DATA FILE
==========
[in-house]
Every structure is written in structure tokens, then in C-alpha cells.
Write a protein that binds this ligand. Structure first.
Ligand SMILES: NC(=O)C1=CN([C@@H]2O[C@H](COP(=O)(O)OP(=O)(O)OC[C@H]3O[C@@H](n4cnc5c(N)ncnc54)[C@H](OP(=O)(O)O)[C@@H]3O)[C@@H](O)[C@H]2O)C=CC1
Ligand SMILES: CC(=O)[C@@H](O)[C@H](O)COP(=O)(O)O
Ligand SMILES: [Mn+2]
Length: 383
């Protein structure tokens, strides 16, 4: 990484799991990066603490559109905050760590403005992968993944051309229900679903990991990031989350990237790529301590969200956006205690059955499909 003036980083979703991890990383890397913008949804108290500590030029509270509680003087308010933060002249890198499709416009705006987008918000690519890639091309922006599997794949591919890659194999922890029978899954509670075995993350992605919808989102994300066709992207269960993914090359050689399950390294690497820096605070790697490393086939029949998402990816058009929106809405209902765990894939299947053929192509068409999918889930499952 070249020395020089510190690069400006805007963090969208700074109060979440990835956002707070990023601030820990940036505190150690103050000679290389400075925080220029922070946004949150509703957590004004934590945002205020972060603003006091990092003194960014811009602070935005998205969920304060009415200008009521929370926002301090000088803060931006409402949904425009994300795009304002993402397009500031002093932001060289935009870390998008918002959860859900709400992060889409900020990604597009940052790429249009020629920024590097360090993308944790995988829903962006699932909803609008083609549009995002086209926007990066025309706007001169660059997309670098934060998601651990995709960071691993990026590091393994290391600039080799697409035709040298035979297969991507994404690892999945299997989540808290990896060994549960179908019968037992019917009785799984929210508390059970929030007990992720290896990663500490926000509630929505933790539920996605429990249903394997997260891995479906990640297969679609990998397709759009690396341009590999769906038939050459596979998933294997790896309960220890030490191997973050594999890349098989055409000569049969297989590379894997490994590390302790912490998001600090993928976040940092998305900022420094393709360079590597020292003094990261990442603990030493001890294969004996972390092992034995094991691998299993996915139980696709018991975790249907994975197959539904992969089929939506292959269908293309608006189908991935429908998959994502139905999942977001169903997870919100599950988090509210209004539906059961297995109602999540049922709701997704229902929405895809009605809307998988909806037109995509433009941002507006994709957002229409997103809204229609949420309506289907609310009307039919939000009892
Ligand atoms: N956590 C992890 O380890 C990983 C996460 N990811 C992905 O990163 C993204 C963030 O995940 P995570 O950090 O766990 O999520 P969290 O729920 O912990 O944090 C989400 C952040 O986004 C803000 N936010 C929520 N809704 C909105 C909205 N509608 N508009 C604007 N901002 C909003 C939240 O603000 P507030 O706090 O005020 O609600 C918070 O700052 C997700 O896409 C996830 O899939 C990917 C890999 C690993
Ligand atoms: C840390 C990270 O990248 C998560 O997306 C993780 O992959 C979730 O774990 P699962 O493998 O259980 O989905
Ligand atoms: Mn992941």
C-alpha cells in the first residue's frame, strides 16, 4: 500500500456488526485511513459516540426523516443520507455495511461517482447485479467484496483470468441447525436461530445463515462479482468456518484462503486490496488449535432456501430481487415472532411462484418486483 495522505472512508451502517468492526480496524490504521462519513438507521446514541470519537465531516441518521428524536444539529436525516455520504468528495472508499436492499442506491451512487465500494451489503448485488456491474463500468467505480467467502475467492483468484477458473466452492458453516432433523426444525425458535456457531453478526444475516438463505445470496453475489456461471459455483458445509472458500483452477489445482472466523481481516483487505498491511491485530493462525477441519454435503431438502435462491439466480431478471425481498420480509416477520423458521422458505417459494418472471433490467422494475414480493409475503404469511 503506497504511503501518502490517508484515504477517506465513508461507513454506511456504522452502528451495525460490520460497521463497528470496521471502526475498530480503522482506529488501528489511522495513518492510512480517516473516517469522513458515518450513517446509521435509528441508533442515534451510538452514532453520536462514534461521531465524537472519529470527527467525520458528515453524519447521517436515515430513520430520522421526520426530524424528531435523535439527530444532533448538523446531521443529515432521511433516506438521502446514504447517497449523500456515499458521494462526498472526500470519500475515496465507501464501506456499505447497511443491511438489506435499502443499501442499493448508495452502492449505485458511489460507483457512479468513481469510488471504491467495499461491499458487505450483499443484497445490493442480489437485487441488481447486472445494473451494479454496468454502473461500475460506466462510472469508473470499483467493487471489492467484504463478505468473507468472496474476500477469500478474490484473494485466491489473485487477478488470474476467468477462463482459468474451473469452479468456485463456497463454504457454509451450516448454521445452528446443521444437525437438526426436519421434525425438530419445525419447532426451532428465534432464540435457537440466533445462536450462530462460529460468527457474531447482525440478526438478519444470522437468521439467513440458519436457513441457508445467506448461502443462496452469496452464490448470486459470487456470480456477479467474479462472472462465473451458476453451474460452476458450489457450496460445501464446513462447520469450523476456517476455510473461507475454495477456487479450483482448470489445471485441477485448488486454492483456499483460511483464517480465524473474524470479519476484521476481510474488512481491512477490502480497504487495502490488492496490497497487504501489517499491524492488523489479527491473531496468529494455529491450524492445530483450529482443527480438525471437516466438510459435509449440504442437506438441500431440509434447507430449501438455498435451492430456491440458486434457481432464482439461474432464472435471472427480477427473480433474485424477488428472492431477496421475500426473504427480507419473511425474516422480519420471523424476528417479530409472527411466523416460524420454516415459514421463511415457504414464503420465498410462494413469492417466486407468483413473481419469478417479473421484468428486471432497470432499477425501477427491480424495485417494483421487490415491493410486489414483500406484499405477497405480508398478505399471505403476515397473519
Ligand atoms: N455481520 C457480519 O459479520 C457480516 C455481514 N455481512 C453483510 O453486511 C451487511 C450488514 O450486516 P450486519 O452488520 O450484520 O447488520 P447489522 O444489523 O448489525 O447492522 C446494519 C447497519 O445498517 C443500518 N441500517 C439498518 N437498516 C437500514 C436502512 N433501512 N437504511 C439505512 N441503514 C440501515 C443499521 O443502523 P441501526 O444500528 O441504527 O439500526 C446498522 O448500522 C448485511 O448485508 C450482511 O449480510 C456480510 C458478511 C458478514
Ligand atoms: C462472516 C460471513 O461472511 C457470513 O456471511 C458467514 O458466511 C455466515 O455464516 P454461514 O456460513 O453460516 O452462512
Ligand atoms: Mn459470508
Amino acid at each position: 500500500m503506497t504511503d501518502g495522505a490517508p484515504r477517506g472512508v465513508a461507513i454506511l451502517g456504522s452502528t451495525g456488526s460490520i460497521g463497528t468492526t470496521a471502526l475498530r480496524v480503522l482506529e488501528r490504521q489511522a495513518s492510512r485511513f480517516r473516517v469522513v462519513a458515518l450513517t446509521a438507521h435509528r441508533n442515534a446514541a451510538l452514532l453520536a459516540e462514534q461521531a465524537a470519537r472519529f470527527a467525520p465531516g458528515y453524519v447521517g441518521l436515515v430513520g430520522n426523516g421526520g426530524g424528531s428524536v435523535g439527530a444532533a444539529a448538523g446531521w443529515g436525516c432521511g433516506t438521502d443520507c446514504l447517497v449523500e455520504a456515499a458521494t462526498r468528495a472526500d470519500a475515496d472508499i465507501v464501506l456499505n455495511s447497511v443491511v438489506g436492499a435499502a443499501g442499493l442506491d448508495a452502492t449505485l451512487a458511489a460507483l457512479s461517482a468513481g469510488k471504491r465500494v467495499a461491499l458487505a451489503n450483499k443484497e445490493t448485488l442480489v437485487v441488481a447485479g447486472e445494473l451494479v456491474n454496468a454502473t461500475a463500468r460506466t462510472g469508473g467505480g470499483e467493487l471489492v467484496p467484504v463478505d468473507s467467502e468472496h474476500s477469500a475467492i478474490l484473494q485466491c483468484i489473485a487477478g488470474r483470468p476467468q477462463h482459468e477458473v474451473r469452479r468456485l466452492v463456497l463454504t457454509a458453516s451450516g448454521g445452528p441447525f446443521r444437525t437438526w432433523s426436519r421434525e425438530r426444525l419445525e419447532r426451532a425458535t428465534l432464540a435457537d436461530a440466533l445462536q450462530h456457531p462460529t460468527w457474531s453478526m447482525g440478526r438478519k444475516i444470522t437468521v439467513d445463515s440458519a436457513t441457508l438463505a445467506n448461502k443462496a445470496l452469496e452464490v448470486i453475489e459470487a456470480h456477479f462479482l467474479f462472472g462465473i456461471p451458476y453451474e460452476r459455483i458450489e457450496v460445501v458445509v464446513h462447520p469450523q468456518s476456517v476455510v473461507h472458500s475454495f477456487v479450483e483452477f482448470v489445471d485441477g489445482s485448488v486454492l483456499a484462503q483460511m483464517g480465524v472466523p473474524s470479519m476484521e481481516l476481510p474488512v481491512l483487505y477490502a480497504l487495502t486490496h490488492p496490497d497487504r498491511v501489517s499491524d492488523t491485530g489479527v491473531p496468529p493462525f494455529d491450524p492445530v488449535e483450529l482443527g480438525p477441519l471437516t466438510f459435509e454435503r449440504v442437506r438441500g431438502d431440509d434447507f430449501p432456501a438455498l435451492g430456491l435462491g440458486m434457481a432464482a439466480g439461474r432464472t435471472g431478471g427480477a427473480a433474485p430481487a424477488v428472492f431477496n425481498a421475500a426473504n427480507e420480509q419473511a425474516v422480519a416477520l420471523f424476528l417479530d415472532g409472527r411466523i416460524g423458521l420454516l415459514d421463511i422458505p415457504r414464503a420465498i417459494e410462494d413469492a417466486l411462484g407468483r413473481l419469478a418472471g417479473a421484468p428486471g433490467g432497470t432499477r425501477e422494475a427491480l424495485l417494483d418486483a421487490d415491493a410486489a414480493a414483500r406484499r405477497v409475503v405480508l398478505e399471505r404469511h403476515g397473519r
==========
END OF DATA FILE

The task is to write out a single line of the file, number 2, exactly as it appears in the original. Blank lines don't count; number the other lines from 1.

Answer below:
Every structure is written in structure tokens, then in C-alpha cells.